Did the massive and confrontational expression of citizen dissent achieve its objective? They did play the most visible role in stopping the WTO from reaching a new trade agreement. However, it was also widely acknowledged that intense divisions among its delegates contributed to that failure. It remains as the only one of nine WTO meetings held up to 2013 that did not issue a Ministerial Declaration, perhaps because it was the only one that experienced massive citizen opposition. Other WTO Ministerials were held in places that did not allow or severely restricted demonstrations, like Dubai and Singapore, or were in difficult places to reach with few accommodations like Cancun. And, those that were held in Geneva never saw as many protestors as appeared in Seattle.

Supporters of WTO and those critical of the protestors, accused political leaders of inviting trouble when they encouraged citizens to Seattle to demonstrate their opposition. They ignored the basic principle of our American democracy, a strong faith in the right to assemble and protest. Seattle, known as a tolerant city, was portrayed as naïve in expecting things to go peacefully. Perhaps, but more importantly, the City was not prepared for massive demonstrations. Review reports issued from the ACLU, the Police Department and the City Council all concluded that our police force was not properly trained for crowd control or for moving in quickly to isolate those destroying property.

While both DAN members and the police agreed in advance that their members would be arrested peacefully, the police relied on teargas and pepper spray to accomplish that task, which needlessly affected all those nearby. Perhaps the worse example of police response was their pursuit of protestors up to Capitol Hill where uninvolved residents, business owners and shoppers found themselves breathing in teargas or even arrested for being in the wrong spot while the police rounded up protestors. Those actions and the Mayor’s enactment of a no protest zone treated many citizens as criminals. Eight years later in January 2007, a federal jury found that the city had violated protesters’ Fourth Amendment constitutional rights by arresting them without probable cause or hard evidence.

Although the Council passed the Mayor’s emergency declarations, I and Councilmembers Peter Steinbrueck, and Richard Conlin voted against it. After WTO meeting ended the city council held two public hearings to allow citizens to air their grievances. The first evening went from 4 pm to 1 am and the second one took almost as long, with over three hundred people testifying. Their complaints were similar to the emails I received; a few blamed the protestors for all the trouble but most were critical of the police response.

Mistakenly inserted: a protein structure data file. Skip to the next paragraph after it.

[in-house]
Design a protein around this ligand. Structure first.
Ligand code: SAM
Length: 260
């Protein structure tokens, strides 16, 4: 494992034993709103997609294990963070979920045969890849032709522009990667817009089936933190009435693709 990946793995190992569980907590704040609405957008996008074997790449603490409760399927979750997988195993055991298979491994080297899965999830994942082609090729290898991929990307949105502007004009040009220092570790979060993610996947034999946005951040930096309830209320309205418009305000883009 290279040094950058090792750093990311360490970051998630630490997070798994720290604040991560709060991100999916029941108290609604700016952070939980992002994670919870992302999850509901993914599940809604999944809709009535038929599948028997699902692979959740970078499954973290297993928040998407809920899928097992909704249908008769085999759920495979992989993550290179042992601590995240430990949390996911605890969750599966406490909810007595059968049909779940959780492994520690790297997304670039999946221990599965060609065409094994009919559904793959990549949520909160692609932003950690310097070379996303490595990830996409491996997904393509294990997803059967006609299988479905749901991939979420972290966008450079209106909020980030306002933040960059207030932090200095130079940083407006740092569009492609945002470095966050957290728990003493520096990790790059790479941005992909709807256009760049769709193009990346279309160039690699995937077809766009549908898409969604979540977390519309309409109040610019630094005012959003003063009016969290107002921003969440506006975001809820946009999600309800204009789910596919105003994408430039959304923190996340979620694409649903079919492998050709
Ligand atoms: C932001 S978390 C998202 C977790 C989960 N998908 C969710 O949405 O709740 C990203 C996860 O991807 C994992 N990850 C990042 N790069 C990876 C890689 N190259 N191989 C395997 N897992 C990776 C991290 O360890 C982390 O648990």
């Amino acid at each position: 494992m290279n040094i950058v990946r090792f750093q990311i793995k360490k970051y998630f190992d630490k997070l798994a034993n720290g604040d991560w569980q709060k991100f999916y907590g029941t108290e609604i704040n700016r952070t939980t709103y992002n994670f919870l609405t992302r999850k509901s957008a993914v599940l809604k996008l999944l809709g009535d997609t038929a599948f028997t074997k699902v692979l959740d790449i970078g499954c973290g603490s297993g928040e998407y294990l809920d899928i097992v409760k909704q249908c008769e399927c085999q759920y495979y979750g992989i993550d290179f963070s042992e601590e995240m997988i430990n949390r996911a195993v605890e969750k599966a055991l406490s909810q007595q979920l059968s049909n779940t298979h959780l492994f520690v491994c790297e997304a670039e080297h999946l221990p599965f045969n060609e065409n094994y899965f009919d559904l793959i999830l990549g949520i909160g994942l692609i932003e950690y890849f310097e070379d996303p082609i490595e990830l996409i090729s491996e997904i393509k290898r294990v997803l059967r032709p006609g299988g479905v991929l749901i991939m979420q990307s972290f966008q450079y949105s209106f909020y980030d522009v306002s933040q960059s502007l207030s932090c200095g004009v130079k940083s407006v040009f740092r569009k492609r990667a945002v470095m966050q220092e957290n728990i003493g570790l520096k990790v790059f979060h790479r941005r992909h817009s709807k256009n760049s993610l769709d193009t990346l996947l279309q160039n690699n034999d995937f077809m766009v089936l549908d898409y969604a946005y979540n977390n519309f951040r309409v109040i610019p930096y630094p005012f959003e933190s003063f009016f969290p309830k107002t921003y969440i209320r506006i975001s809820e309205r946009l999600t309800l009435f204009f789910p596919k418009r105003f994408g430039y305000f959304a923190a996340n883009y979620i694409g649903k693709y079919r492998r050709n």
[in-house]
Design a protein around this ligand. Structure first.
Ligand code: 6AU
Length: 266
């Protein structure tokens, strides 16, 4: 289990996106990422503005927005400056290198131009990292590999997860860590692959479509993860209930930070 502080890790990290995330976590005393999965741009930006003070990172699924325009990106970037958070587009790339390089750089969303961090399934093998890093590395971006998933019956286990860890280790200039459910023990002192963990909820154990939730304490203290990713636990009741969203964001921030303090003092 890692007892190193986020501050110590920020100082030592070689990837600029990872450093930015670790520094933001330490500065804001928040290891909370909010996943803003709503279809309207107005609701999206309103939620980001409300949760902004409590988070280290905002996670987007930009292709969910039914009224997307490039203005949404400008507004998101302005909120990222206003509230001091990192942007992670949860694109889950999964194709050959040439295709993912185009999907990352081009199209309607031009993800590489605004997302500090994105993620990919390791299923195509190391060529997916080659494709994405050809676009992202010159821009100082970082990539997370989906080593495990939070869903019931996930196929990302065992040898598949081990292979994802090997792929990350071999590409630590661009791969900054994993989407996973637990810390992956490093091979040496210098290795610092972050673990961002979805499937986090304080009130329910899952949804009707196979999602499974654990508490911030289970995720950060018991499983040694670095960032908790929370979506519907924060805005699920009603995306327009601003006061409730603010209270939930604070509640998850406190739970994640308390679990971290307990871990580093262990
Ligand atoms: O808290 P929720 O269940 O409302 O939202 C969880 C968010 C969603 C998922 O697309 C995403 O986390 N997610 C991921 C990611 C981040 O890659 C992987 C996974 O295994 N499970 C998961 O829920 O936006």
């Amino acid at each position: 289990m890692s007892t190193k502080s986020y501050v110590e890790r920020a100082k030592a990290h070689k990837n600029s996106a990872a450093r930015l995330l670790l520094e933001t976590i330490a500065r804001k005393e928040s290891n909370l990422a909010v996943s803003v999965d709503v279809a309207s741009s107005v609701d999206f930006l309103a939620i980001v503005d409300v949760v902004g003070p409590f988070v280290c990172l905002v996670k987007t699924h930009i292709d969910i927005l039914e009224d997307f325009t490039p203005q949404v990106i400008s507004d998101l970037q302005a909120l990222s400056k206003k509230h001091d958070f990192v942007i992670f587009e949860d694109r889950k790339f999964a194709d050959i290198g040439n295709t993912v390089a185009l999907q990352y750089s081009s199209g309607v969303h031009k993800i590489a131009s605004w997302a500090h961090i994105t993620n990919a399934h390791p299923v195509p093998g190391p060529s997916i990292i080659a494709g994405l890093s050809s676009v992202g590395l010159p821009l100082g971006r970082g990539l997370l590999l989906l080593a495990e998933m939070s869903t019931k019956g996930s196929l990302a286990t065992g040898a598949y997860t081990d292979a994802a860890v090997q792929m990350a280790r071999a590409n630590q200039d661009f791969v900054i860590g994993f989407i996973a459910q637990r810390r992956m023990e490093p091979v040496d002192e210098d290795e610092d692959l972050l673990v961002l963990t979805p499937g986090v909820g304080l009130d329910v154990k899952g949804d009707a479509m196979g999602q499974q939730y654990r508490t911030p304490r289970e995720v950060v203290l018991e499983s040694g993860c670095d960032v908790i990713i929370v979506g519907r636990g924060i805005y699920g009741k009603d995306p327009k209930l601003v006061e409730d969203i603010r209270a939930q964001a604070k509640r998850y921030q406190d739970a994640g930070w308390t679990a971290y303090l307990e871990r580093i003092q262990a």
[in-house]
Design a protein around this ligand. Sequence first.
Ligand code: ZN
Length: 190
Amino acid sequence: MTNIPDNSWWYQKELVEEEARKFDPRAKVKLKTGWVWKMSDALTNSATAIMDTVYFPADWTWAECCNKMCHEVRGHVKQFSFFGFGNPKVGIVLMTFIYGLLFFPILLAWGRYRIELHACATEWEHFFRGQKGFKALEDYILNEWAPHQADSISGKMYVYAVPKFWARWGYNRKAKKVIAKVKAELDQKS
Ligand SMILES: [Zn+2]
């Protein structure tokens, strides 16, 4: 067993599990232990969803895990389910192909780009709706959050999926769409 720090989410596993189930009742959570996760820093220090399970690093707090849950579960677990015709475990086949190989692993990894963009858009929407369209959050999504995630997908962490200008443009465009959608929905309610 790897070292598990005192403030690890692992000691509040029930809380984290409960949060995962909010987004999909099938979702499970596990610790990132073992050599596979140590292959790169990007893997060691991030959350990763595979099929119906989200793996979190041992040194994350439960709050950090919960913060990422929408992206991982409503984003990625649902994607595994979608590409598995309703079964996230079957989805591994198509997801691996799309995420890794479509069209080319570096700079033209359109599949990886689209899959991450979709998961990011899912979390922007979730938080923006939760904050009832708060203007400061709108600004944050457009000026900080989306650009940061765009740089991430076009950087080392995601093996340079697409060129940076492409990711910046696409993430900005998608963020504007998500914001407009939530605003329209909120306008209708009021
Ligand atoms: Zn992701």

“Mr. Licata, they are smashing up downtown, you’re personally responsible, since you supported them.”

“You welcomed the protestors, in Seattle 52 years, it’s become a sewer, why aren’t you in Westlake to quite these people down. Why wasn’t City prepared for anarchists? You expect taxpayers to pay for all this? I’d fine them, make them clean it up, and then cut their nuts off.”

“Yesterday Police let hooligans get away with too much. Today people with legitimate protests are being mistreated. Disgusted with situation.”

“I’m upset about Police actions downtown, throwing tear gas canisters at peaceful protestors all day; I’m a resident and taxpayer, and got a mouthful of it. I’m outraged that Police we pay to protect us would do this.”

“I was impartial about events before, but seeing what Mayor and SPD have done is wrong and illegal, going way too far, hope there are repercussions for Mayor and the Police Department.”

“The Police action on Capitol Hill last night, was like a military action, it was indiscriminate, no reason for it. Whoever authorized it should be fired.”

Police Chief Norm Stamper resigned soon after the protestors and the WTO delegates left town. Latter he said using tear gas was wrong and that there was a need to move away from paramilitary tactics in policing. Mayor Paul Schell lost his next election, failing to get past the primary, in part due to the WTO events.

The City Council formed a special WTO Accountability Review Committee, which convened three independent citizen panels and had staff review more than 14,000 documents accompanied by interviews with key individuals. The Council then passed three separate pieces of legislation. The first (Ordinance 120096) required every SPD peace officer to wear a nametag on the outermost layer of the peace officer’s uniform, since many accusations of police abuse could not be traced to any specific officer. The second (Resolution 30340) implemented a new process notifying the Council of any solicitation of major events and allowed them to formally review any requests made of the city. This would allow the City Council an opportunity to have a public process, if necessary, for evaluating the impact of a controversial gathering. Lastly, the procedures used to declare and/or terminate a civil emergency were modified to allow greater Council control over how long one would remain in force.

The WTO meeting came to be known at the Battle in Seattle. Were the protests a legitimate expression of concern for our citizens wanting to protect their jobs and quality of life? Or as critics charged, were they hooligans and anarchists intent on destroying our civil society? Observations from both the police and the media noted that the later group made up less than a half percent of all who protested.